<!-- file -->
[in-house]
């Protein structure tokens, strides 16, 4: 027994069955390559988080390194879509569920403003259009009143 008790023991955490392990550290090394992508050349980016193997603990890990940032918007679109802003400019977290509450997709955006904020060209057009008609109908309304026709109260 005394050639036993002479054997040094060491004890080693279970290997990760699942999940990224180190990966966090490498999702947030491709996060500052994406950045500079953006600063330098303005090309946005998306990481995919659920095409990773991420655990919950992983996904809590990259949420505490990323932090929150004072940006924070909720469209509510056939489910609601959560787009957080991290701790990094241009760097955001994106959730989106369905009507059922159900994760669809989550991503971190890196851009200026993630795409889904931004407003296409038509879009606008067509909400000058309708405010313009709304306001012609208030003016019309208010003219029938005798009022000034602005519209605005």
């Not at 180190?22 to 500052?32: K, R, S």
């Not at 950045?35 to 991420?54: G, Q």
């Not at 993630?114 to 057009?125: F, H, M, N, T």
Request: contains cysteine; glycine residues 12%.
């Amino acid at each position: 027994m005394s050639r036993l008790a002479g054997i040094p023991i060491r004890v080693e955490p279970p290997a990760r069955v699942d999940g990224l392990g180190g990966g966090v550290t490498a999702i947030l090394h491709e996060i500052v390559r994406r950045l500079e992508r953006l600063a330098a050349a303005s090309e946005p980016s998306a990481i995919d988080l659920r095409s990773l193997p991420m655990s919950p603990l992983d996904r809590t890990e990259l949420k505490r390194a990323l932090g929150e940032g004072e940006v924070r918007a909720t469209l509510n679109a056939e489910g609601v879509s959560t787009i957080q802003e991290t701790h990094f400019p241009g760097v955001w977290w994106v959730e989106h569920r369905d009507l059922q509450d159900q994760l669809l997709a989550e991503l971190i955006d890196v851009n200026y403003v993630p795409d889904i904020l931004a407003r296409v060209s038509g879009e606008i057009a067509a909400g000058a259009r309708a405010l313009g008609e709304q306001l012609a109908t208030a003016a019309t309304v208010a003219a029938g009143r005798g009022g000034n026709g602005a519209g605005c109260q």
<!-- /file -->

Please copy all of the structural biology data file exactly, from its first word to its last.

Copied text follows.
[in-house]
């Protein structure tokens, strides 16, 4: 027994069955390559988080390194879509569920403003259009009143 008790023991955490392990550290090394992508050349980016193997603990890990940032918007679109802003400019977290509450997709955006904020060209057009008609109908309304026709109260 005394050639036993002479054997040094060491004890080693279970290997990760699942999940990224180190990966966090490498999702947030491709996060500052994406950045500079953006600063330098303005090309946005998306990481995919659920095409990773991420655990919950992983996904809590990259949420505490990323932090929150004072940006924070909720469209509510056939489910609601959560787009957080991290701790990094241009760097955001994106959730989106369905009507059922159900994760669809989550991503971190890196851009200026993630795409889904931004407003296409038509879009606008067509909400000058309708405010313009709304306001012609208030003016019309208010003219029938005798009022000034602005519209605005």
């Not at 180190?22 to 500052?32: K, R, S």
């Not at 950045?35 to 991420?54: G, Q």
């Not at 993630?114 to 057009?125: F, H, M, N, T």
Request: contains cysteine; glycine residues 12%.
């Amino acid at each position: 027994m005394s050639r036993l008790a002479g054997i040094p023991i060491r004890v080693e955490p279970p290997a990760r069955v699942d999940g990224l392990g180190g990966g966090v550290t490498a999702i947030l090394h491709e996060i500052v390559r994406r950045l500079e992508r953006l600063a330098a050349a303005s090309e946005p980016s998306a990481i995919d988080l659920r095409s990773l193997p991420m655990s919950p603990l992983d996904r809590t890990e990259l949420k505490r390194a990323l932090g929150e940032g004072e940006v924070r918007a909720t469209l509510n679109a056939e489910g609601v879509s959560t787009i957080q802003e991290t701790h990094f400019p241009g760097v955001w977290w994106v959730e989106h569920r369905d009507l059922q509450d159900q994760l669809l997709a989550e991503l971190i955006d890196v851009n200026y403003v993630p795409d889904i904020l931004a407003r296409v060209s038509g879009e606008i057009a067509a909400g000058a259009r309708a405010l313009g008609e709304q306001l012609a109908t208030a003016a019309t309304v208010a003219a029938g009143r005798g009022g000034n026709g602005a519209g605005c109260q």